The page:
• Sitka Global Warming Group, Sitka Local Foods Network offer Sitka garden-matching program

Do you have a planting bed that you don’t have the time or energy to cultivate? Do you wish you could grow some vegetables, but have no place to put them?

Sitka Global Warming Group (SGWG), in conjunction with the Sitka Local Foods Network, is offering a garden-matching program to help people who have garden space get matched up with people who want to plant and tend a garden. This is an effort to increase the amount of food grown and eaten locally. SGWG asks Sitka residents who have garden space to share or residents who need a garden space to contact the group at info@sitkaglobalwarming.org. Provide your name, email address, phone number, size of the spot available or wanted, and the location of either the spot that is available or the address of the person who wants the spot.

SGWG will collect this data over the next month and then work to match garden spots with a nearby person who would like to plant and tend a garden. SGWG also will be collecting names and garden locations at the “Let’s Grow Sitka” garden show event taking place from noon until 3 p.m. on Sunday, March 14, at the Alaska Native Brotherhood Hall on Katlian Street.

Michelle Putz of SGWG said the group is not setting any expectations of either the people who offer garden space or who want a garden space. Sharing of produce will be encouraged, but won’t be an expectation. SGWG also does not know how many participants to expect.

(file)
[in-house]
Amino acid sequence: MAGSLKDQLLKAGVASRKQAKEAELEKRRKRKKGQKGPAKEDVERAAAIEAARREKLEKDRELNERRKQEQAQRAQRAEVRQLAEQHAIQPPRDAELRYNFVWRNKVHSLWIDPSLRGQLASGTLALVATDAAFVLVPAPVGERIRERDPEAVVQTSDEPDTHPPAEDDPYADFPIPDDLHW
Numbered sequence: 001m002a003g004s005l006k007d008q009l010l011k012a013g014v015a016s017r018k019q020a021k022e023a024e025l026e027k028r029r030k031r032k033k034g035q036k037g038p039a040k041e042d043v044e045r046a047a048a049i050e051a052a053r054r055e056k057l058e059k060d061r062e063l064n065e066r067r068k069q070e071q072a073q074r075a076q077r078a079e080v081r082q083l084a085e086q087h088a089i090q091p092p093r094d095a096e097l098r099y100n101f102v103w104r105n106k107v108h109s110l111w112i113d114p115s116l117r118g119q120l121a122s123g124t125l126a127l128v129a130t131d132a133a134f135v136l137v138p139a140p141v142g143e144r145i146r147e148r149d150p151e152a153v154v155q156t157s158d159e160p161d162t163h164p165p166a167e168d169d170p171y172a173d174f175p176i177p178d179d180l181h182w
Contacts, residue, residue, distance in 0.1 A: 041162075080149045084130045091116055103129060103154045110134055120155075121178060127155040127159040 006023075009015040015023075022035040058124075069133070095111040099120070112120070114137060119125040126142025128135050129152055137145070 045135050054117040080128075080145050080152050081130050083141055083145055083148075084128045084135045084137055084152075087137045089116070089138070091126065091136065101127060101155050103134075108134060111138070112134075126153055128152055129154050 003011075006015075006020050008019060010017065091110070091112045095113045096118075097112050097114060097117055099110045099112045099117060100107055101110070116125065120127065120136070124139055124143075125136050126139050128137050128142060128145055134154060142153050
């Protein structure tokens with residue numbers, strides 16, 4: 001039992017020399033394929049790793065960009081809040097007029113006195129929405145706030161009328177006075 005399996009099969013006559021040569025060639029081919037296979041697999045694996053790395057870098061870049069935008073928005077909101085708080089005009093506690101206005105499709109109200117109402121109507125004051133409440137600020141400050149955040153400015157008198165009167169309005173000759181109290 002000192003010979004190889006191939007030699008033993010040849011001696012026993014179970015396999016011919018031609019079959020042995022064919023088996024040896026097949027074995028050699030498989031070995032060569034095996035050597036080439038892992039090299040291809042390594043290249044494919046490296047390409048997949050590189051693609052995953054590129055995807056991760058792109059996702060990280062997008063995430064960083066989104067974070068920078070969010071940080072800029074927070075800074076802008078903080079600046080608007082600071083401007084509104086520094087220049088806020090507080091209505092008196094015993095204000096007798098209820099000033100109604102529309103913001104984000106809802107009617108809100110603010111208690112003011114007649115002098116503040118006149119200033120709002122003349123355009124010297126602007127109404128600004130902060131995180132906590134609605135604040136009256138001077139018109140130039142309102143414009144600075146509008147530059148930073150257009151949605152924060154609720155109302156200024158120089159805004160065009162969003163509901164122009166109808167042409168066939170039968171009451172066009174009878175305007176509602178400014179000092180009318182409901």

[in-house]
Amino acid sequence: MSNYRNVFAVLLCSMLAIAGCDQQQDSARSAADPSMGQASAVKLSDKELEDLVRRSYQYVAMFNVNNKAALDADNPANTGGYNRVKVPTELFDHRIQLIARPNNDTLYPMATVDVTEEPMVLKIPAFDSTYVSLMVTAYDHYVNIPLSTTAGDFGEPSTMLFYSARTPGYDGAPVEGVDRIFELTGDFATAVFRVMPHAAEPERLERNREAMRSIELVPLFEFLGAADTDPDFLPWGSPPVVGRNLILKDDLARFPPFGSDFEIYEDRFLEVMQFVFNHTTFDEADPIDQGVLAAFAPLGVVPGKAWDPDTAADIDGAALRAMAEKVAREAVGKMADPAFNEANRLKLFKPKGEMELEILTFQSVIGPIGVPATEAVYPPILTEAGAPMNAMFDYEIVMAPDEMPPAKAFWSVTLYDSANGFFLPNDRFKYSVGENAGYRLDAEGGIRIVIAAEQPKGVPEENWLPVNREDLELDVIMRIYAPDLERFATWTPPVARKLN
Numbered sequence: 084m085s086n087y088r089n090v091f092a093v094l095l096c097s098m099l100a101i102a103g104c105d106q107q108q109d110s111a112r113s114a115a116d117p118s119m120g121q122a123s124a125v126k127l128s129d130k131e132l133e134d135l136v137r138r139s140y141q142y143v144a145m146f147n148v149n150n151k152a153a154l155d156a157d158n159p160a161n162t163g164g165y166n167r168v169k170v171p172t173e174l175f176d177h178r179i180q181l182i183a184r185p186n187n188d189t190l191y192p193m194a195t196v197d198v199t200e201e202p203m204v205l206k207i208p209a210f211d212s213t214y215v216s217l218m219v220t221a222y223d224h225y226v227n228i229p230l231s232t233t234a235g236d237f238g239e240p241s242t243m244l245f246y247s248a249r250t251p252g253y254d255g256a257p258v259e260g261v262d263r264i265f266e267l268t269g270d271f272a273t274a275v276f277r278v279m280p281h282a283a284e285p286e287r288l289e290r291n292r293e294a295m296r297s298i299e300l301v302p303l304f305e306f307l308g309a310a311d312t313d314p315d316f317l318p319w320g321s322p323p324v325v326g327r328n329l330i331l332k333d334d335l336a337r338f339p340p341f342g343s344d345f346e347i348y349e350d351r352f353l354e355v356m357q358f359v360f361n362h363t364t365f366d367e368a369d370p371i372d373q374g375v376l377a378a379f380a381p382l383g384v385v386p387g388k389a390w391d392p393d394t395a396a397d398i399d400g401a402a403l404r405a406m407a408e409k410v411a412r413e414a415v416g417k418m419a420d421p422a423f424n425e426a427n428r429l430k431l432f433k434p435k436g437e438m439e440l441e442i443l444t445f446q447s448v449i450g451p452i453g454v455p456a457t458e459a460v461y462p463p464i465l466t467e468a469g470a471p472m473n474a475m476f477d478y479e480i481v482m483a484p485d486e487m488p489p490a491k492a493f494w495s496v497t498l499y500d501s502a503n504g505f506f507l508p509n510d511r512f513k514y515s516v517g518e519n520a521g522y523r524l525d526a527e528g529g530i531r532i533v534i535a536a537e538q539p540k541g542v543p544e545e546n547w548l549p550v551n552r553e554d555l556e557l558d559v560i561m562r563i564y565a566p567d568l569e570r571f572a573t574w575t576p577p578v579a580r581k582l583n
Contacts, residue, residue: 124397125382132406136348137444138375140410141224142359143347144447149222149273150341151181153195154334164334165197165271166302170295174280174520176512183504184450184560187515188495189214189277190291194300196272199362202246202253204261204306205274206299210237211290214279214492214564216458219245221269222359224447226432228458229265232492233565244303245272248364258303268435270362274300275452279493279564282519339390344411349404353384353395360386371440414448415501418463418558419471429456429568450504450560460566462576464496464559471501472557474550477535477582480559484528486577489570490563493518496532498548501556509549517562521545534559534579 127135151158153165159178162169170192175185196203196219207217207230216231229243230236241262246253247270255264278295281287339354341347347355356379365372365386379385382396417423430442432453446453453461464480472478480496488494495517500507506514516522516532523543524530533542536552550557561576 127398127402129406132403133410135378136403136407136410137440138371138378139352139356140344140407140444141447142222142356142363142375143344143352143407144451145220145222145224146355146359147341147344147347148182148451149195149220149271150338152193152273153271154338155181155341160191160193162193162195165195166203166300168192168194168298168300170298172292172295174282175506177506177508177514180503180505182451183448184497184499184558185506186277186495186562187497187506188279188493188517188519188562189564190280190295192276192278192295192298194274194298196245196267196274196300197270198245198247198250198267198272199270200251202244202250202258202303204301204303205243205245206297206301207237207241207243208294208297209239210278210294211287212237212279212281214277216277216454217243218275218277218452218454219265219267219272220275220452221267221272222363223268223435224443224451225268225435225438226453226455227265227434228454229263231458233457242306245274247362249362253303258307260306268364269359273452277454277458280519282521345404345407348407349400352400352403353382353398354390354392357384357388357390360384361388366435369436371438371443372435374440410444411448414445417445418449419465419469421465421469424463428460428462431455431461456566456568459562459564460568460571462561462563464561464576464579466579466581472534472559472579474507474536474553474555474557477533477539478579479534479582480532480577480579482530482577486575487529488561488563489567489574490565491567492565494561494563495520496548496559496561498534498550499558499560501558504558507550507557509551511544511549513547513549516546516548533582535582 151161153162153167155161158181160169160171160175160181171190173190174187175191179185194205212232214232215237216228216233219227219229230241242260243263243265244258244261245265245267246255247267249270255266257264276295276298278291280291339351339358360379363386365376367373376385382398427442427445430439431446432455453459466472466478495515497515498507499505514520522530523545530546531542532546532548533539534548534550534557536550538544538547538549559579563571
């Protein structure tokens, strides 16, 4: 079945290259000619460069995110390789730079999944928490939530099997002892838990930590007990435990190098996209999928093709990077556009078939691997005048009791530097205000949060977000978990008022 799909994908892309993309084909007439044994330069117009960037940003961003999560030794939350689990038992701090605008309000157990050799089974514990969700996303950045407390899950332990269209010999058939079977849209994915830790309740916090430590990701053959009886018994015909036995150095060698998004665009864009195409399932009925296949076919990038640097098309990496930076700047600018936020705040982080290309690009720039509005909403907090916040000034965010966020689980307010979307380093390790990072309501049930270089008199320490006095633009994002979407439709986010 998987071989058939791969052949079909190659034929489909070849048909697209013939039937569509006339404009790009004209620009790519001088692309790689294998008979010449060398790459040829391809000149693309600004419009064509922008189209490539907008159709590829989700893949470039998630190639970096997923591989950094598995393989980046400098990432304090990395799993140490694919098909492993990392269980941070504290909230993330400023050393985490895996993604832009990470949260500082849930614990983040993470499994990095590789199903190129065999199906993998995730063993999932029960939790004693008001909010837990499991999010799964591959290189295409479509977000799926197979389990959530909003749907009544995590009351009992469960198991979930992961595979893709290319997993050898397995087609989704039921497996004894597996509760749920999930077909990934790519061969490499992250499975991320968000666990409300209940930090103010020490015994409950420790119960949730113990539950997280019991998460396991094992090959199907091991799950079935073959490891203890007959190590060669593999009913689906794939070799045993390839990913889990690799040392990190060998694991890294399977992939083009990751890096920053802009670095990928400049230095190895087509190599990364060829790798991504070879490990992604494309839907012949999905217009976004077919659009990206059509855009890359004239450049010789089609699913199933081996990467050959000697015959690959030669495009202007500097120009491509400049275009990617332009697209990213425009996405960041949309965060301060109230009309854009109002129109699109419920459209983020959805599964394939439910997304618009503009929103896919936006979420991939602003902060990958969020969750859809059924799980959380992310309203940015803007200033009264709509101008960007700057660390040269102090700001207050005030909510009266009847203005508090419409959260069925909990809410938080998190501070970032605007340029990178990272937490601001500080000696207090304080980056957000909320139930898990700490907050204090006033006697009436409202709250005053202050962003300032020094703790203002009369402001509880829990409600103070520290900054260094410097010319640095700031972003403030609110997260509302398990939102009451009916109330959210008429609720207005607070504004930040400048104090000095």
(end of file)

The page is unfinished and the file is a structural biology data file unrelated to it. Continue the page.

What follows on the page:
“This is the first year that we will do this,” Michelle said. “We’ve seen plenty of people who want to grow their own food but don’t have space to do it, and we have seen a lot of planting beds and garden spots that go unused during the summer because people are too busy or lack knowledge or experience in growing a garden. This is a great way to match those unused gardens with someone who will make them productive and increase the amount of vegetables being grown in Sitka.”

“Growing food locally has many benefits,” Michelle added. “For our group, the benefit is reducing the miles that food is shipped [thus reducing fuel use and carbon dioxide emissions]. But growing food locally also makes the food cheaper and improves the quality and healthfulness of the vegetables, since they are fresher. Growing food locally also improves our ‘food security,’ making a food shortage less likely in times of high fuel prices or bad weather. And local food tastes really good.”